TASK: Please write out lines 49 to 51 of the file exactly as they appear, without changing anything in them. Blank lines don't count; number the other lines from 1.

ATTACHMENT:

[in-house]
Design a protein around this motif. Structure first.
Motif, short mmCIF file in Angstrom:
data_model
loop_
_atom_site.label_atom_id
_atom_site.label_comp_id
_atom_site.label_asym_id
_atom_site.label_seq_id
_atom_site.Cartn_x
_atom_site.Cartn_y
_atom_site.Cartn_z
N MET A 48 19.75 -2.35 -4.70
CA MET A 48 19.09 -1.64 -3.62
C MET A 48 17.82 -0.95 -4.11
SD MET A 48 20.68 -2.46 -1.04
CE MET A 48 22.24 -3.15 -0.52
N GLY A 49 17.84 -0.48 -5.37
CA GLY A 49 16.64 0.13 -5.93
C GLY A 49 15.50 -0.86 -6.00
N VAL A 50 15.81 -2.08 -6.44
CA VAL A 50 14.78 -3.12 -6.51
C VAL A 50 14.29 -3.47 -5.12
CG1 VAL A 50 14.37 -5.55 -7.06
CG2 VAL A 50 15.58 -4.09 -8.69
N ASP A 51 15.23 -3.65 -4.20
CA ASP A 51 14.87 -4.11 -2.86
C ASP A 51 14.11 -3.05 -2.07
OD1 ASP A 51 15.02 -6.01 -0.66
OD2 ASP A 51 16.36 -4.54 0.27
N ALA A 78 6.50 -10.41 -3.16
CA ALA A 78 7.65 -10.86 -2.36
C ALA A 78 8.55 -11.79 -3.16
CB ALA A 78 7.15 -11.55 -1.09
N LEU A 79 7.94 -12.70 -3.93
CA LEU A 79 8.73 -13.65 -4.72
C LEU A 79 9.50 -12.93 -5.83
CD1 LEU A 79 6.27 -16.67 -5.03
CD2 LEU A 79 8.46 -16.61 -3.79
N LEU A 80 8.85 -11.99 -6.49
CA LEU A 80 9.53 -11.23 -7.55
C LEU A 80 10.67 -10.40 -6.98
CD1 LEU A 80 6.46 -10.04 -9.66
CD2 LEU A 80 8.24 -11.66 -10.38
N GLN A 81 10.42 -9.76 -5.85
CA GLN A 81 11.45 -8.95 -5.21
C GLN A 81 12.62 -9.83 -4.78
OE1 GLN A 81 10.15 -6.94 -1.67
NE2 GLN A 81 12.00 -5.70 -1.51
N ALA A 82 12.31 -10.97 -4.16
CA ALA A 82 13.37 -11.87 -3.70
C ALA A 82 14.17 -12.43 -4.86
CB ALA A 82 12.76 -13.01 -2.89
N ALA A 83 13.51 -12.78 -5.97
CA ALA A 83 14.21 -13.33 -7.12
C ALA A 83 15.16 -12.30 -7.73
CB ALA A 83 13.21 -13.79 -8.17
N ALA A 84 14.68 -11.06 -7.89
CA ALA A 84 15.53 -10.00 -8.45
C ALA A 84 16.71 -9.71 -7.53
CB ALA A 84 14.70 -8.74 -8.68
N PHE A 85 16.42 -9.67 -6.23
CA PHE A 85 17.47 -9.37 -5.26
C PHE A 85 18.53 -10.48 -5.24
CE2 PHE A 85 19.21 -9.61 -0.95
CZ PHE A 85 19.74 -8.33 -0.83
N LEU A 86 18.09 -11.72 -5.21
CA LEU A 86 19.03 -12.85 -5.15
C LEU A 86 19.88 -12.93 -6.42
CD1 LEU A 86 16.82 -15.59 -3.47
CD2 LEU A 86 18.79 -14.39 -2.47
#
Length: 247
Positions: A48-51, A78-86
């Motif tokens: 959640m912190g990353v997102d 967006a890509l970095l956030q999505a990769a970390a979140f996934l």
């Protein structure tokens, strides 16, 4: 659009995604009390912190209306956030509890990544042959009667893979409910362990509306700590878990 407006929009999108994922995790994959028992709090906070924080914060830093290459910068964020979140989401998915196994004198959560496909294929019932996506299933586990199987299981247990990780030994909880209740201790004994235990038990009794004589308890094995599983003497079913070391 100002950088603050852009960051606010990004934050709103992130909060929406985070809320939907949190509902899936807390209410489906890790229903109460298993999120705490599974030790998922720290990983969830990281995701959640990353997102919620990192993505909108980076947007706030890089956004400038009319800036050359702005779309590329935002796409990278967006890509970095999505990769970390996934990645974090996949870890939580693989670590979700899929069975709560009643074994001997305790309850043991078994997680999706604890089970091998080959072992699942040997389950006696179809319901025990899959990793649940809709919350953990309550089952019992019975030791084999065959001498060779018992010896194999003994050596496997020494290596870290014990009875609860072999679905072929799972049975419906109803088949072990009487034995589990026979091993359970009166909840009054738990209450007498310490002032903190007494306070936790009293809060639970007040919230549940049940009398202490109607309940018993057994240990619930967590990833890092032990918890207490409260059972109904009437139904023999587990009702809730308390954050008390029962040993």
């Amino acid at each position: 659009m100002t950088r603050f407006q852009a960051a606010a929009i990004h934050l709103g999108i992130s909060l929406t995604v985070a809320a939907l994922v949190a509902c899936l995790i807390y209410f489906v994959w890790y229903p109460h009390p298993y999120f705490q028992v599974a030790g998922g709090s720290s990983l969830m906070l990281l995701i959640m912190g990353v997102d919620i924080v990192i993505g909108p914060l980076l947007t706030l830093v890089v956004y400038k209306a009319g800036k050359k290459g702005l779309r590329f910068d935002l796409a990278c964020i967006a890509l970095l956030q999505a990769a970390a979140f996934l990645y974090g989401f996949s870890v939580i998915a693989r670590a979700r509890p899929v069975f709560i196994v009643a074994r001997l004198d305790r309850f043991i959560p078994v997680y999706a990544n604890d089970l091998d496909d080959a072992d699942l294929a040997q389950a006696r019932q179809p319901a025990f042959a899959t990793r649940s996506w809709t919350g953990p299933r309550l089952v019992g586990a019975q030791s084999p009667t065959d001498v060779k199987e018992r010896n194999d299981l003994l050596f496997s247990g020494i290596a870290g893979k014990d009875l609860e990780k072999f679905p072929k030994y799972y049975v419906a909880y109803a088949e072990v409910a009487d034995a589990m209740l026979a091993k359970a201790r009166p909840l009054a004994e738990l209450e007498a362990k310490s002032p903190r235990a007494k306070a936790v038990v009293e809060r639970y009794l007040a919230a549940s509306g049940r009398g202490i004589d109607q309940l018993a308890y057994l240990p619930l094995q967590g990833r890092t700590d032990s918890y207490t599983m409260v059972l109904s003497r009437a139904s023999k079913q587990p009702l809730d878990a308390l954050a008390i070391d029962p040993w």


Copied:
NE2 GLN A 81 12.00 -5.70 -1.51
N ALA A 82 12.31 -10.97 -4.16
CA ALA A 82 13.37 -11.87 -3.70